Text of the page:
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DIGITAL bytes

June 2002
ROCHESTER, NY—Xerox Corp. has released some interesting findings from the attendee surveys it conducted during two recent industry trade shows. At IPEX 2002 in England, one of the questions asked was what did attendees think was the greatest advantage of digital color printing equipment? Some 33 percent cited fast turnaround as the most important advantage, while 26 percent believed variable information capability was the leading benefit.


When asked about the most impressive printing technology they'd seen or heard about at IPEX, respondents gave digital dry ink (toner) presses the top spot, with digital offset and high-speed ink-jet printing systems ranked second and third, respectively. Surveyors questioned more than 300 people.

A similar survey at On Demand 2002 in New York found that 22 percent of respondents expect their own shop or place of employment to purchase a digital press this year. Another 10 percent classified a purchase as "probable." Looking a little further out, 41 percent of respondents believed half of a print shop's jobs will be printed digitally, as opposed to offset, in the next three to five years. A more bullish 14 percent expect digital production to account for 75 percent of print volumes, while 10 percent pegged digital's share at 90 percent in three to five years. (www.xerox.com)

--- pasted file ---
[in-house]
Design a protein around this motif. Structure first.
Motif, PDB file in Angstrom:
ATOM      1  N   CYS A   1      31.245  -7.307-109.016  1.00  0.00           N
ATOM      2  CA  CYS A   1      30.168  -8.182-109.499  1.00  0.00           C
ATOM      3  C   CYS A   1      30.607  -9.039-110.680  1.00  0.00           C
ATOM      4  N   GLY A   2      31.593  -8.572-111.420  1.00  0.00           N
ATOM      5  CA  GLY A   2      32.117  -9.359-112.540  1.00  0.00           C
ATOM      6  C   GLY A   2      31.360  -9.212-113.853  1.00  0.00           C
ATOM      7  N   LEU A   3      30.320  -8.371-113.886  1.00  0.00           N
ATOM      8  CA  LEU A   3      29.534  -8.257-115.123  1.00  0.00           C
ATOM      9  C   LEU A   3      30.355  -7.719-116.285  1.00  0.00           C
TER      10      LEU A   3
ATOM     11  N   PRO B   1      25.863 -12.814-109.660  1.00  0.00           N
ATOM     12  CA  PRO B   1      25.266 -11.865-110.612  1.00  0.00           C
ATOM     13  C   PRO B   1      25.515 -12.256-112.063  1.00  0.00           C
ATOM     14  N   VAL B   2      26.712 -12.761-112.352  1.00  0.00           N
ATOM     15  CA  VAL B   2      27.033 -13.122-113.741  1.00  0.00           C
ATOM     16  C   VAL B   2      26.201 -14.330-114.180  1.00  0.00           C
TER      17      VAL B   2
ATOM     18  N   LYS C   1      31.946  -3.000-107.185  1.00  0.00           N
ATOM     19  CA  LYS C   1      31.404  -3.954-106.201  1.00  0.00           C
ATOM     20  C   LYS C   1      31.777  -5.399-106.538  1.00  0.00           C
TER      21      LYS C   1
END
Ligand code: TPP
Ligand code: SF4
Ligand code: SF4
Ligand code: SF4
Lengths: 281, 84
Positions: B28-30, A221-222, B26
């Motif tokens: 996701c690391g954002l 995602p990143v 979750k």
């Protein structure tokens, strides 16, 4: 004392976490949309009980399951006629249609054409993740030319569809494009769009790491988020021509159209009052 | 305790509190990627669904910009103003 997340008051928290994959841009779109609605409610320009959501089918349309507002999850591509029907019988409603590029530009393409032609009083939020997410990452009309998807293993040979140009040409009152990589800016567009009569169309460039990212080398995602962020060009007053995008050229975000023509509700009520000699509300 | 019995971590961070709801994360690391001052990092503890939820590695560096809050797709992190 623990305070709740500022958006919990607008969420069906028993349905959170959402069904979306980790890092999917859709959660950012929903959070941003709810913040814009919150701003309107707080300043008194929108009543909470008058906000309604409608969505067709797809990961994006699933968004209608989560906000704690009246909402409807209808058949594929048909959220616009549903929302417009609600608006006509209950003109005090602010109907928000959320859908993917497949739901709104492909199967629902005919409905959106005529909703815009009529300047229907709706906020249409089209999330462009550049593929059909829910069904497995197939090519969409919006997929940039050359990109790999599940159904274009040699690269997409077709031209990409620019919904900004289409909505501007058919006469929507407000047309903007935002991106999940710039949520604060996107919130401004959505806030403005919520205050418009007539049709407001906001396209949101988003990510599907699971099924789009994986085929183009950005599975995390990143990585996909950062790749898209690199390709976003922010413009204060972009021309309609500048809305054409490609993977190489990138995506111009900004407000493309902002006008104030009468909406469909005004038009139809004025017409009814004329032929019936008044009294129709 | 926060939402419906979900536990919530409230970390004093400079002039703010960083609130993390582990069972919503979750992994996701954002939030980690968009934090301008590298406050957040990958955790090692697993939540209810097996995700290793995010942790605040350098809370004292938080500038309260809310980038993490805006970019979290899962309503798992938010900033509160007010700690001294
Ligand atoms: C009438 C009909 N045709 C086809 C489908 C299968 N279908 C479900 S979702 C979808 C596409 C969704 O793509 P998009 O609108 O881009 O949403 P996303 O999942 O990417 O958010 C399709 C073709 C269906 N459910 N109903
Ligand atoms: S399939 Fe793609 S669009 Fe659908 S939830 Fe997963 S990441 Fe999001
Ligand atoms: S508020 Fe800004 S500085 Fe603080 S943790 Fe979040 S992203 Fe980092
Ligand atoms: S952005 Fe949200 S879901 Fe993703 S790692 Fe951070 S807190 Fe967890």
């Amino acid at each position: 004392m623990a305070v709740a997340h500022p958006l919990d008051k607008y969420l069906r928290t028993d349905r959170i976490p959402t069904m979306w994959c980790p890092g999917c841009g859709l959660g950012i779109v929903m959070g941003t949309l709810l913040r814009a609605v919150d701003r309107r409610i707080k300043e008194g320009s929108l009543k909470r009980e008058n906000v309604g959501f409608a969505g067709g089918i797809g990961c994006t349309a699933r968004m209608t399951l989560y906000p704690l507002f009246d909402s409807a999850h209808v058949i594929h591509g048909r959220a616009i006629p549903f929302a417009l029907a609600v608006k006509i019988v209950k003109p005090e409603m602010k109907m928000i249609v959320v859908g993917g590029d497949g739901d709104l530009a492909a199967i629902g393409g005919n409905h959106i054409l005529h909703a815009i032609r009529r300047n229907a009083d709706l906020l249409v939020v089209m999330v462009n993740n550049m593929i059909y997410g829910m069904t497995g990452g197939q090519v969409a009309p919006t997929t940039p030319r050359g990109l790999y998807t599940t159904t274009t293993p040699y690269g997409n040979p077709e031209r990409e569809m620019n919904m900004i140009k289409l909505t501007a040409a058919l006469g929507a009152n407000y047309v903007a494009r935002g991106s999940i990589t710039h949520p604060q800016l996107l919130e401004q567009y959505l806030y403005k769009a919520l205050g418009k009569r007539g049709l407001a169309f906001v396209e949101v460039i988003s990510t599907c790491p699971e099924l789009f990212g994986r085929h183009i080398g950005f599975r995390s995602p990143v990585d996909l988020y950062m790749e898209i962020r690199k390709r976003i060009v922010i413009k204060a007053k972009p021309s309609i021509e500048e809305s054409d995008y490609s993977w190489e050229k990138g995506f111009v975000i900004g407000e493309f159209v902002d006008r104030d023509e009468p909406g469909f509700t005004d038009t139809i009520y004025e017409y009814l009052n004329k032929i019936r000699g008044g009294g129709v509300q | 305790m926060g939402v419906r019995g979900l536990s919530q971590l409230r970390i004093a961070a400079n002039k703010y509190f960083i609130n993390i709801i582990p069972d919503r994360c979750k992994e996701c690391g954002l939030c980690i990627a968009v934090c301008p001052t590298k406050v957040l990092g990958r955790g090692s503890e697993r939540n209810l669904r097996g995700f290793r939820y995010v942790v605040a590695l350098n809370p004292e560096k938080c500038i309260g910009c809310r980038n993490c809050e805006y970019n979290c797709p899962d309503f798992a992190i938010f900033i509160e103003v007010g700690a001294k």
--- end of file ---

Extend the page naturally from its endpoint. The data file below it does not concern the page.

HANOVER, MA—Based on its recent findings, research and consulting firm I.T. Strategies is projecting the impact of ink-jet technology on general commercial printing to be minimal over the next five years. Within that time frame, ink-jet printing is not expected to match the speed, quality and cost of offset lithography. However, it says ink-jet technology does have the potential of being the foundation for a high-speed, high-quality press, but that won't happen in the next five years.

For the near term, I.T. Strategies expects the digital printing market developing around wide-format ink-jet capabilities to bring in incremental business for commercial printing markets. It is projecting wide-format printing to generate about $7.5 billion in 2002 revenues for U.S. service providers, which currently doesn't include a lot of traditional printing firms.

"Commercial printers are losing out on this opportunity and could be headed for a 'Technology Lockout' if they continue to let this digital market coalesce around them," warns Patti Williams, consulting partner with I.T. Strategies. Wide-format ink-jet printing currently is being capitalized on by a variety of other channels, such as photo labs, reprographic houses and service bureaus, Williams notes. (www.it-strategies.com)
 

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